The Commission made the allegation today, explaining that when Merck and Sigma-Aldrich disclosed their merger plan in 2015 they did not share details of a project “with relevance for certain laboratory chemicals at the core of the Commission's analysis.”
The Commission declined to go into specifics about the project when contacted by in-Pharmatechnologist.com.
However, the Commission did make clear the project was being developed by one of the parts of the Sigma business that was acquired by Honeywell in October 2015. It also said the technology developed as a result of the project was subsequently licensed to Honeywell.
“Honeywell now has the technology it should have received with the divested business. However, this happened with a delay of almost one year and only because the Commission was subsequently made aware of the issue by a third party” the commission said.
The commission said it will continue to investigate whether Merck and Sigma-Aldrich intentionally or negligently supplied incorrect or misleading information, adding that it could impose a fine equivalent to 1% of the combined company’s annual turnover.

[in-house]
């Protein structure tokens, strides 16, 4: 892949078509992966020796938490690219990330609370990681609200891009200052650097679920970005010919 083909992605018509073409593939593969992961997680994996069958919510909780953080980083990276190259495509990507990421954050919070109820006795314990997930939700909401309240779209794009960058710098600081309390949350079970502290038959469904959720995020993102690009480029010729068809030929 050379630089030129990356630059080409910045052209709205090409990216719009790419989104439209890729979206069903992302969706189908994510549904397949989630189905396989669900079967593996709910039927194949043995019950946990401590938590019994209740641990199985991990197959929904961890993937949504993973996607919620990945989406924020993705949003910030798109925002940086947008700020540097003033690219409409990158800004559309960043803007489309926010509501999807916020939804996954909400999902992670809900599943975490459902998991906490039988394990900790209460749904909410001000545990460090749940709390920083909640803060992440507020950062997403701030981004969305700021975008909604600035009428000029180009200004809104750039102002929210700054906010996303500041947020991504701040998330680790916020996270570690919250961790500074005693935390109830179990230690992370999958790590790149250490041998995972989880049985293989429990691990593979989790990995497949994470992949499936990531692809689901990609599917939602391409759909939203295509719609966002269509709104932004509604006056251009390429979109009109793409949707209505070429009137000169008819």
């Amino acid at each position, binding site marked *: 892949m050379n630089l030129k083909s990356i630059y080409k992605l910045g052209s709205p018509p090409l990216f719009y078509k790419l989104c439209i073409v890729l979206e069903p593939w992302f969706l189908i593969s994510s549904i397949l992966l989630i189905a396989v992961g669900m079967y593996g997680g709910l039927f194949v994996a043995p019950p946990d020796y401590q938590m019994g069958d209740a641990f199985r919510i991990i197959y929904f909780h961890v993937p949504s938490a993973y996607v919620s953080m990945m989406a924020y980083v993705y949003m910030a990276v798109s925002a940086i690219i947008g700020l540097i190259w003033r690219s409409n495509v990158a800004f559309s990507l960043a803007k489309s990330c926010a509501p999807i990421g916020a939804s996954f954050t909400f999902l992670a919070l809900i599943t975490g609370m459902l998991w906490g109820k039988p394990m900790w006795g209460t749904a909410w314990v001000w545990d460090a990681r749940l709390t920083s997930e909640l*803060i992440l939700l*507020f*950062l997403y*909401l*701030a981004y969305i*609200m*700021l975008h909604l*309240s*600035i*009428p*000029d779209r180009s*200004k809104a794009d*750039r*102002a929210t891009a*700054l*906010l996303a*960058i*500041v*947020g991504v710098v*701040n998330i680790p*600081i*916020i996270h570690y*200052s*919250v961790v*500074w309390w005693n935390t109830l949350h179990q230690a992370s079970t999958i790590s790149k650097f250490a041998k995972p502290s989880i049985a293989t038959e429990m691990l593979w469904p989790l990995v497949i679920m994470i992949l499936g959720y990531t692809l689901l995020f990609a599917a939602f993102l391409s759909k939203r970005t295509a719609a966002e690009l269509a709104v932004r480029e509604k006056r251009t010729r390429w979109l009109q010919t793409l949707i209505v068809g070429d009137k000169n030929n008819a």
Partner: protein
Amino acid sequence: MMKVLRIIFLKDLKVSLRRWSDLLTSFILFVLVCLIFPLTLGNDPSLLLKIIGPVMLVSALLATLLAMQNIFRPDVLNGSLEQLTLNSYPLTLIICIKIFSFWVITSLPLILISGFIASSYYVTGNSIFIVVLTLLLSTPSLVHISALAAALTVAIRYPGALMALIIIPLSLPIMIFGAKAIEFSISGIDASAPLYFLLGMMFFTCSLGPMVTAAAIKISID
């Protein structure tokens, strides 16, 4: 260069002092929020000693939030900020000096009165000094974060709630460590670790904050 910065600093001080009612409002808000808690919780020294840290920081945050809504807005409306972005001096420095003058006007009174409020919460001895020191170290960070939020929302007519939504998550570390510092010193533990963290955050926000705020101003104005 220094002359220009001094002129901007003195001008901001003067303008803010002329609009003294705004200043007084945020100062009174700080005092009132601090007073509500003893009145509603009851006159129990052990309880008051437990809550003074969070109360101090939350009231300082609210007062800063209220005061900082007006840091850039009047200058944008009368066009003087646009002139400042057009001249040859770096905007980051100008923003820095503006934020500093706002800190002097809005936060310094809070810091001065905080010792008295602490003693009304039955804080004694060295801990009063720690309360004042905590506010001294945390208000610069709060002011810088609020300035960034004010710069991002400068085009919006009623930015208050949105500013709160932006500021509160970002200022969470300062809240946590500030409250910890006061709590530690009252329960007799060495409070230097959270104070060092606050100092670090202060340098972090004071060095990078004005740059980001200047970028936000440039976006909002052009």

Merck confirmed it had received a Statement of Objections from the European Commission (EC) related to a packaging technology in development by Sigma-Aldrich.
In an emailed statement it said it “will review the information provided by the EC and provide its written response to the EC in due course.
“Merck has acted in good faith since the anti-trust process has begun, and it is committed to a constructive dialogue with the EC. Merck is confident this issue will be resolved in a satisfactory manner.”
For 2016, Merck reported revenue of €17bn ($19.3bn), up around 17% on the prior year.